Prime Minister John Briceno was out of the country on official government business for almost a month. On Tuesday, in the first Cabinet meeting that he chaired after returning, some significant policy matters were under discussion.

We start first on a decision from Cabinet to raise the mandatory minimum age that all Belizean students must remain in school.

In today's press release, the government said, quote, "Cabinet was updated on initiatives being undertaken by the Ministry of Education, Culture, Science, and Technology and enthusiastically supported a proposal to increase the age of compulsory education from 14 to 16, recognizing that while this change will lead to other legislative and policy changes, it is a critical move to help to prepare Belizean students for life." End quote.

This morning, we got an opportunity to speak with the Cabinet Secretary, Ambassador Stuart Leslie on a number of topics coming out of Tuesday's Cabinet meeting. Here's what he had to say on the change of the age of compulsory education from 14 to 16:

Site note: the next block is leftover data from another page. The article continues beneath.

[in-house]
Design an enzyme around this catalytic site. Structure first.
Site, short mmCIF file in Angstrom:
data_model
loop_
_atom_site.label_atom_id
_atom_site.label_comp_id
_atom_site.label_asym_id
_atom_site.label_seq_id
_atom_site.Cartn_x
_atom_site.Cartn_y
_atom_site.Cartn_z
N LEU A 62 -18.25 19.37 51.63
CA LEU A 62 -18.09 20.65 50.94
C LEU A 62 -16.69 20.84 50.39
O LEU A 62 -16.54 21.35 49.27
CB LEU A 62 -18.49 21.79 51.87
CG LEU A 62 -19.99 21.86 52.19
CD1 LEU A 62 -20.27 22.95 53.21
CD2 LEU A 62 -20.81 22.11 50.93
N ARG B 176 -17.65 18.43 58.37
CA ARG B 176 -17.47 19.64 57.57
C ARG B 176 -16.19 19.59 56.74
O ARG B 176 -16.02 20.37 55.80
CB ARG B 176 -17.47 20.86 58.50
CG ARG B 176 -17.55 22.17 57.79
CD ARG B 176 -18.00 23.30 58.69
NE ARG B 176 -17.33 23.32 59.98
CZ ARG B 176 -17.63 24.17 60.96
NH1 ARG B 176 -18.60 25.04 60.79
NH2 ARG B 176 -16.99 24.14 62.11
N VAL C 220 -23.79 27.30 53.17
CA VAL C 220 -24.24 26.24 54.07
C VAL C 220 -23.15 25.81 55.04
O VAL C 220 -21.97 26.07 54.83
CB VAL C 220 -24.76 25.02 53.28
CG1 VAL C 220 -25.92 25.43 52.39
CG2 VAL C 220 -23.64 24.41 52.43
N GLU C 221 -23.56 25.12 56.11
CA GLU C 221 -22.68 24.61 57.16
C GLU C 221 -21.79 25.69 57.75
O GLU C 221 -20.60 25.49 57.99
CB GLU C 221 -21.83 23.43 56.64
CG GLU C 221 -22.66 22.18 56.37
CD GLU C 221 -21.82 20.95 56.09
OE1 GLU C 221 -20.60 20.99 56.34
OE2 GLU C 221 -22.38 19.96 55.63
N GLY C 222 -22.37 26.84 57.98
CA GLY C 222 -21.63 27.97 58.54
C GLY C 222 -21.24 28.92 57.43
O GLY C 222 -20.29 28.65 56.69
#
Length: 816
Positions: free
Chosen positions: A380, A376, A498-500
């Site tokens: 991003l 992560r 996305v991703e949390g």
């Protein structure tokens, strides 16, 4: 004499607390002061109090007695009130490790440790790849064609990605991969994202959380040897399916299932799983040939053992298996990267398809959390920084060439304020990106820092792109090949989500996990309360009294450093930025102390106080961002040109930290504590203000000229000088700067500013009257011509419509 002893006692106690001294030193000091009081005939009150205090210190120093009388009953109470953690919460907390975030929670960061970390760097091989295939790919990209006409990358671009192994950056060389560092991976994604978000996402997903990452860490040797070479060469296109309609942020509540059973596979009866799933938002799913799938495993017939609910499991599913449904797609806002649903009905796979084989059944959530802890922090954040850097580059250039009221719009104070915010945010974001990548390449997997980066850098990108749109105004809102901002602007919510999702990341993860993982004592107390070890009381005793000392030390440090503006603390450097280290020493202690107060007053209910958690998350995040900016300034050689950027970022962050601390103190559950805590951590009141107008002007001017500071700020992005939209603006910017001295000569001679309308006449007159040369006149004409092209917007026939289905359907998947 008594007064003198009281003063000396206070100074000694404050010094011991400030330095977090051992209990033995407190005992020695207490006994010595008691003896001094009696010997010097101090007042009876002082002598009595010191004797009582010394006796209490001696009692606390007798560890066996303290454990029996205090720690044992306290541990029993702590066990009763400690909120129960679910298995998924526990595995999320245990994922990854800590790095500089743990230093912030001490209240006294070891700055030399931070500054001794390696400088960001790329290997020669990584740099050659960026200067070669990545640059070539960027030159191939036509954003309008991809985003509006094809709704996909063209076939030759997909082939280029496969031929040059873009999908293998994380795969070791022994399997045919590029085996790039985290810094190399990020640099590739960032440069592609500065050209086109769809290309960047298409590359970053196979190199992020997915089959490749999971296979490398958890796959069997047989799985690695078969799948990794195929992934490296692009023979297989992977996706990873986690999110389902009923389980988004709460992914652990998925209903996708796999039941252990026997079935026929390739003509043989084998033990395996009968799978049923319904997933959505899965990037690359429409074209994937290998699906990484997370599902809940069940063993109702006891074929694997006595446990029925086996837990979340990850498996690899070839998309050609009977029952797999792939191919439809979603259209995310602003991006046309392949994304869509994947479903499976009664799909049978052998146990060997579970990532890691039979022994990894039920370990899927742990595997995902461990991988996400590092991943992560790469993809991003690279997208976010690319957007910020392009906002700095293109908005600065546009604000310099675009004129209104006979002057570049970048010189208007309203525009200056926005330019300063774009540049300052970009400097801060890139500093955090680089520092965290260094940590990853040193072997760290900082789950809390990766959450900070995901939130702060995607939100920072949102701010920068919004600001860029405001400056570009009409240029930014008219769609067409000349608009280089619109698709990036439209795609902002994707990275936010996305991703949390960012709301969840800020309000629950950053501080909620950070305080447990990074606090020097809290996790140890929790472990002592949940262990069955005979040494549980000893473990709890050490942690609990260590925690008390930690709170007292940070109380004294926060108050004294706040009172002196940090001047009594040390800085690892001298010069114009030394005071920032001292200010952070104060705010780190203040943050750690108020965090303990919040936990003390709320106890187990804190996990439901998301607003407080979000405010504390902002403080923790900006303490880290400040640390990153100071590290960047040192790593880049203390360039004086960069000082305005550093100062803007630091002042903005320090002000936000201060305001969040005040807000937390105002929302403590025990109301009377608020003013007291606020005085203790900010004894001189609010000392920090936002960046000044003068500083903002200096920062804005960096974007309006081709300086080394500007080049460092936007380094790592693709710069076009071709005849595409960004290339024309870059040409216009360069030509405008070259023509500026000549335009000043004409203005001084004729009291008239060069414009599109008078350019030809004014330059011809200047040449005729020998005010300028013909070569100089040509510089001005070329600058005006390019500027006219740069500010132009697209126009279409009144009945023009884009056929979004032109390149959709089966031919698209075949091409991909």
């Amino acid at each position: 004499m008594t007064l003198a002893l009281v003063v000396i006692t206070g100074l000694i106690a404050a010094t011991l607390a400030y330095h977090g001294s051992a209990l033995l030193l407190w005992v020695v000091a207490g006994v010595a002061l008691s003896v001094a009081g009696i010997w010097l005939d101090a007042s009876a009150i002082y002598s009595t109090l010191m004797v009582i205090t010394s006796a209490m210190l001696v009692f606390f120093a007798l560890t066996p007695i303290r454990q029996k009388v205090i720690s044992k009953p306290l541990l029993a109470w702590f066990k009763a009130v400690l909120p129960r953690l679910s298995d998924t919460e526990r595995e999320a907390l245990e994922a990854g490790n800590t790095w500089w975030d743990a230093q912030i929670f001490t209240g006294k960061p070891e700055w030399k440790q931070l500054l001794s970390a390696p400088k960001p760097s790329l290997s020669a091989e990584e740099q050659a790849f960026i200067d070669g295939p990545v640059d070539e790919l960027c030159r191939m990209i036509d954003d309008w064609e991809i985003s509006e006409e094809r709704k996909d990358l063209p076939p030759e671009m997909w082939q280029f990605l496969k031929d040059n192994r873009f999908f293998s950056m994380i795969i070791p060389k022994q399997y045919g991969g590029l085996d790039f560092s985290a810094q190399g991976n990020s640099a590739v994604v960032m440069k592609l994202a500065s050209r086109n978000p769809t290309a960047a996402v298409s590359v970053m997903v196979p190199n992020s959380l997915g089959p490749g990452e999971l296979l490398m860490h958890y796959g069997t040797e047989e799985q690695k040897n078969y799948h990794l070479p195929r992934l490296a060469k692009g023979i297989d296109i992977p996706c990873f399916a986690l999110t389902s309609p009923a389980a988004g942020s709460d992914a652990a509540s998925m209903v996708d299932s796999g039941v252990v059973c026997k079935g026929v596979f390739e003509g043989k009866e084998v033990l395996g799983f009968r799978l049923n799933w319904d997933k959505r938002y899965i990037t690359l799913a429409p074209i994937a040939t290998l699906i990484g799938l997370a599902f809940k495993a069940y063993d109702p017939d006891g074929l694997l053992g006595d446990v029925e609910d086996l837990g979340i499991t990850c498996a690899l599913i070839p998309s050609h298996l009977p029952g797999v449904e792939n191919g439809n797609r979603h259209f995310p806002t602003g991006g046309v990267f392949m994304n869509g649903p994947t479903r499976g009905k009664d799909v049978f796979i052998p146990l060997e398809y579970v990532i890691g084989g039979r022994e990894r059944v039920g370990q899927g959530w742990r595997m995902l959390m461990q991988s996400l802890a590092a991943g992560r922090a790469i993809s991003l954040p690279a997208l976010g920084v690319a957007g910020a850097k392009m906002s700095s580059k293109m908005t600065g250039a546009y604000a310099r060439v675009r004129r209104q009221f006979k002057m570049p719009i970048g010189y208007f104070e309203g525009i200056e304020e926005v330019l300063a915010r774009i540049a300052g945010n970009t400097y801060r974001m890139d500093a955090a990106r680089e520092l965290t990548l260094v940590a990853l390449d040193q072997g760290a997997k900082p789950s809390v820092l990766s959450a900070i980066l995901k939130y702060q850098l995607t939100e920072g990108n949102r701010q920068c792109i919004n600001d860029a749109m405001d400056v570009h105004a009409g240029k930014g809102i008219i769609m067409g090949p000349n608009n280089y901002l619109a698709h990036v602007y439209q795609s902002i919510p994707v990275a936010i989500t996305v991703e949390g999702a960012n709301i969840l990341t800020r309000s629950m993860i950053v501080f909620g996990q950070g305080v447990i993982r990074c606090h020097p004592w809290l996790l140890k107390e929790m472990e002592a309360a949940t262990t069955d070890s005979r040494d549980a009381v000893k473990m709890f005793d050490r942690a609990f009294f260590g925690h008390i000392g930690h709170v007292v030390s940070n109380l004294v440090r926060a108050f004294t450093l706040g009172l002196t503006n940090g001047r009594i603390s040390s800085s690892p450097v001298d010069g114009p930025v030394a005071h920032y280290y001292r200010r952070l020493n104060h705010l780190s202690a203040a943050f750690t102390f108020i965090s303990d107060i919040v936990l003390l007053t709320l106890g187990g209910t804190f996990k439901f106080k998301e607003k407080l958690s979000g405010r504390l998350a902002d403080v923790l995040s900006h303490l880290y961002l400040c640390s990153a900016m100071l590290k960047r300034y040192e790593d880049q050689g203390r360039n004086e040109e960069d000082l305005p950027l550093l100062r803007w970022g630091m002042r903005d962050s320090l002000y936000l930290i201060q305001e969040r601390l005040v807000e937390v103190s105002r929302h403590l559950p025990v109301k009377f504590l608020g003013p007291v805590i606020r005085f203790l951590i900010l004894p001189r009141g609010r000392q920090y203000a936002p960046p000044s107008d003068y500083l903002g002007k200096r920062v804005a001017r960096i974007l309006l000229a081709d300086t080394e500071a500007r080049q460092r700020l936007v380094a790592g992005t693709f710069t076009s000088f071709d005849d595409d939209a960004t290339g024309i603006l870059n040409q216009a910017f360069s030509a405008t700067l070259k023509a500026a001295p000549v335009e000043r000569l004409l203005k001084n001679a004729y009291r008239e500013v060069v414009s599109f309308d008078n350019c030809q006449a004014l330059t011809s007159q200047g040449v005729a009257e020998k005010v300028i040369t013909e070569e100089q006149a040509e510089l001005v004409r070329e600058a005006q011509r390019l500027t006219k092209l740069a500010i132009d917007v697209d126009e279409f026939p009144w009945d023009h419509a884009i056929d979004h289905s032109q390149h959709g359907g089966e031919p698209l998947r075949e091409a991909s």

Ambassador Stuart Leslie - Cabinet Secretary
"It's an exciting thing that is happening. It's in its initial stage, yes. Minister Fonseca yesterday represented, after broad consultations with people and stakeholders in the education sector, and so on - and looking at again this whole of government approach guys. We have kids who are 14 years old, who have been kicked out of school, are not in school and are out in the streets, and so on. They are being lured by gangs and getting into things that they shouldn't be getting into at that age in their lives. So the idea of this is for us to do something that is in line with the human rights of the child, Isani. But to bring young people, and say, you cannot leave school until you are 16 years old. It's it is at the beginning stage because, you know, it's going to cost some money. It's going to be -Minister Fonseca is estimating maybe as we look at the expansion of this program in terms of about 10,000 more young people in school across the country for an additional two years. So all that has to be worked out and they're working at it over time. But thank you for that question, because it's an exciting thing. And I hope that everybody will join in supporting this initiative to move the age for you to leave school in the country from 14 to 16."

Channel 7